dog with a pumpkin

Everyone knows it’s decorative gourd season, but not all make it from our entryways to the kitchen. Pumpkins are the product of a seed-bearing, flowering plant, and are actually classified as a fruit. However, because they aren’t sweet many of us lump them in with vegetables. Either way, pumpkins pack a lot of flavor, fiber and vitamins. If you’re wondering about feeding pumpkin to your pet, you’ve come to the right place.

About Time

Among the list of safe human food to share with pets, pumpkin ranks pretty high. It’s super nutritious and offers the following benefits to pets:

  • Rich in antioxidants
  • 3 grams of fiber per cup (helps to maintain regular bowel movements and promotes GI health)
  • Excellent source of vitamins Ac, C, and E
  • High in potassium, iron and other nutrients that protect them from age-related illness

Feeding pumpkin to your pet is a great way to add variety to their diet, but it is important not to overindulge them. Too much of a good thing can cause some distress to sensitive animals. Additionally, before feeding pumpkin to your pet, be sure they tolerate it well. 

Increased Awareness

Pumpkins that have been left outside on the doorstep (and in the process of decay) could contain harmful levels of mold and bacteria. These are not the pumpkins that should be used to prepare pet snacks or treats.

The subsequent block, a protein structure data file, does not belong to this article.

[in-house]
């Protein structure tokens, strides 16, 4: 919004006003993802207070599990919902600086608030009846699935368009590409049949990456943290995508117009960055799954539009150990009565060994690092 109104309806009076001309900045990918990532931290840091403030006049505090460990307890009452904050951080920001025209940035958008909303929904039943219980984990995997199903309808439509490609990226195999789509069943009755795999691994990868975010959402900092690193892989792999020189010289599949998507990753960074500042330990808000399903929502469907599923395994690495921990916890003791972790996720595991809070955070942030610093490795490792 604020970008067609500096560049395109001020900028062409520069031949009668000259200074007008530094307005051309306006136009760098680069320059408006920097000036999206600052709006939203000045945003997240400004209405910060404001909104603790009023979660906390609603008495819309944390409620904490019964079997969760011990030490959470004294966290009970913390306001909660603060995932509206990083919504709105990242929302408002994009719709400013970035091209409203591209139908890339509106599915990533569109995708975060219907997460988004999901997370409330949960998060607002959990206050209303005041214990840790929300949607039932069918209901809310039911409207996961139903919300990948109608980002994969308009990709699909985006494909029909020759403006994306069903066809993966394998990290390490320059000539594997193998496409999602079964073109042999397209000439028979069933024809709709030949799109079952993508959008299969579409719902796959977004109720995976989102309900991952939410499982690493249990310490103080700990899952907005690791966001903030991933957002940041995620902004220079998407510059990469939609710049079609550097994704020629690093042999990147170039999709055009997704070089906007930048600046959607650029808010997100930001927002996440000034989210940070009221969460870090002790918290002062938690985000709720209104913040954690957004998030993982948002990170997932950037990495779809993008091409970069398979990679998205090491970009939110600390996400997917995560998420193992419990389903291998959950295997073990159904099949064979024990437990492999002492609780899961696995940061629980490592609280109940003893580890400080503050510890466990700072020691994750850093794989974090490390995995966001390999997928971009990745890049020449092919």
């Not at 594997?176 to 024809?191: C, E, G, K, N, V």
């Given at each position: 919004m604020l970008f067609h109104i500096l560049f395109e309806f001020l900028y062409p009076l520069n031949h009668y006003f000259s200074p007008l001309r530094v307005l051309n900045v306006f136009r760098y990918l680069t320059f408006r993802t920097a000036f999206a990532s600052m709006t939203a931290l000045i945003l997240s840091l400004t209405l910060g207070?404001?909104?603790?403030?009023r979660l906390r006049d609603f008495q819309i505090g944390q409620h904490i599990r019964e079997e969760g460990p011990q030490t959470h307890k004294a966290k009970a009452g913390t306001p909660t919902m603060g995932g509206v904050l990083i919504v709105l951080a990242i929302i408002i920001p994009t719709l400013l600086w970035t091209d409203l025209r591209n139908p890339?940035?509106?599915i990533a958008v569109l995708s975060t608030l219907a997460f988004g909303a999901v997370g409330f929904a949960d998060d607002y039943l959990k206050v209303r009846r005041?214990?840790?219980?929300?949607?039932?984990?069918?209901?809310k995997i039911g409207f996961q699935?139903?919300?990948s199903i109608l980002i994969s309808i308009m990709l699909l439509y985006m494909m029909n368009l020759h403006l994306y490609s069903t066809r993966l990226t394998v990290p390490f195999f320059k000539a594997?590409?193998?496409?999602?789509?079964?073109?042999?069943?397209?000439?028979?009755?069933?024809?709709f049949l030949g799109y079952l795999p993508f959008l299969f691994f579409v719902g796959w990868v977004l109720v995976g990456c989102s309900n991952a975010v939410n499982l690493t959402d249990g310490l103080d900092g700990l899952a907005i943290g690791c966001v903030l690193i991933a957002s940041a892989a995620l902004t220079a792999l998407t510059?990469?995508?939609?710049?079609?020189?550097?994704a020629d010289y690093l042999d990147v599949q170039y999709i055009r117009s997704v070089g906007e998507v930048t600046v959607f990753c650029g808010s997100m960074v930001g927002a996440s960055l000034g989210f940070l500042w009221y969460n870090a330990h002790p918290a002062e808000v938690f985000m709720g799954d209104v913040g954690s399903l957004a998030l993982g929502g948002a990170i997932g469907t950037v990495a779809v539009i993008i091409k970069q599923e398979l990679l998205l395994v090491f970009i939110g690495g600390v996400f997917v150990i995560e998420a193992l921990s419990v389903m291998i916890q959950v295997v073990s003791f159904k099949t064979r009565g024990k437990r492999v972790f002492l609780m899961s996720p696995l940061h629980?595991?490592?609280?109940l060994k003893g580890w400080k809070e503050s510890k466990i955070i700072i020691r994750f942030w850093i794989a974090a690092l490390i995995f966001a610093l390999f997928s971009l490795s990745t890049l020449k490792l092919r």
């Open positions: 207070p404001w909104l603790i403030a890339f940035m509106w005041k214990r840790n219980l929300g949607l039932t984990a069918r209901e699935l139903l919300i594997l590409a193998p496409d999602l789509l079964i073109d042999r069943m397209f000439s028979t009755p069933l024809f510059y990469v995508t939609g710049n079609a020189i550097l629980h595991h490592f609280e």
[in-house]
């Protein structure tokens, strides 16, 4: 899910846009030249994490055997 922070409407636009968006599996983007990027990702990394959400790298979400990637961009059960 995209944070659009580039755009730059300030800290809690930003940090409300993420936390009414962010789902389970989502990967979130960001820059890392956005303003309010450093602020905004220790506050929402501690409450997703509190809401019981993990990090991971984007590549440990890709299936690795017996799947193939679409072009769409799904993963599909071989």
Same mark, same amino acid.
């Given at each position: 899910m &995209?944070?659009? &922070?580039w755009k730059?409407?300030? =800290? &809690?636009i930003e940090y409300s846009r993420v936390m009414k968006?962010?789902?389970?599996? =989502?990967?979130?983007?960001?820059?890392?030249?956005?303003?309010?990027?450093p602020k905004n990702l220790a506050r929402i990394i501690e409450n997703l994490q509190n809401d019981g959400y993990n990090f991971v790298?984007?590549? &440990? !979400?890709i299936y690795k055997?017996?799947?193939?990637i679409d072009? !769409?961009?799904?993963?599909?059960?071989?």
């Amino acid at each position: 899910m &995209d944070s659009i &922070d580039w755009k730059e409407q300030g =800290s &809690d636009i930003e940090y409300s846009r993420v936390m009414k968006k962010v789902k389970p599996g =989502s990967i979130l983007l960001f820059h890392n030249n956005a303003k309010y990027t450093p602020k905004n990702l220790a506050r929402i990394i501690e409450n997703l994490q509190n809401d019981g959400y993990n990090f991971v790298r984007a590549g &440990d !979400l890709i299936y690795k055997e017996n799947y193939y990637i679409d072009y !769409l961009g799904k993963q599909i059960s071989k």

If your pet happens to eat any of your displayed pumpkins, they could experience some trouble (from GI upset to intestinal blockages). To reduce the chances of this happening, display pumpkins and jack o-lanterns on surfaces they cannot reach. 

Processing Pumpkin

Pumpkins should be cleared of vines, stems, and seeds in order to be used in your recipes. The seeds aren’t unsafe for pets, but they can add fat to their diet resulting in softer stools. If they show that they like the taste and flavor of pumpkin seeds, simply offer a few at a time. 

Cooked, pureed pumpkin is easiest for your pet to swallow and digest. Canned pumpkin is also fine, just be sure that you’re not giving them high-sugar and spice-filled pumpkin pie filling. 

Some dog owners receive positive feedback after filling Kongs with pureed pumpkin. You can also mix a few tablespoons of pumpkin in with their kibble, or just spoon-feed them. 

Feeding Pumpkin To Your Pet

One of the best combinations when creating your own pet treats is to combine pumpkin with all natural, Xylitol-free peanut butter

Mix 2.5 cups of whole wheat flour with 2 eggs, ½ cup pumpkin, and 2 tablespoons of peanut butter. Add a pinch of salt and cinnamon to taste. Roll into bite-size cookies, and bake for about 40 minutes at 350 degrees. If your pet likes a chewier treat, pull them out sooner and store in an airtight container.


If you have any questions about feeding pumpkins to your pet, please let us know. From all of us at Blue Valley Animal Hospital, we wish you a happy and safe autumn!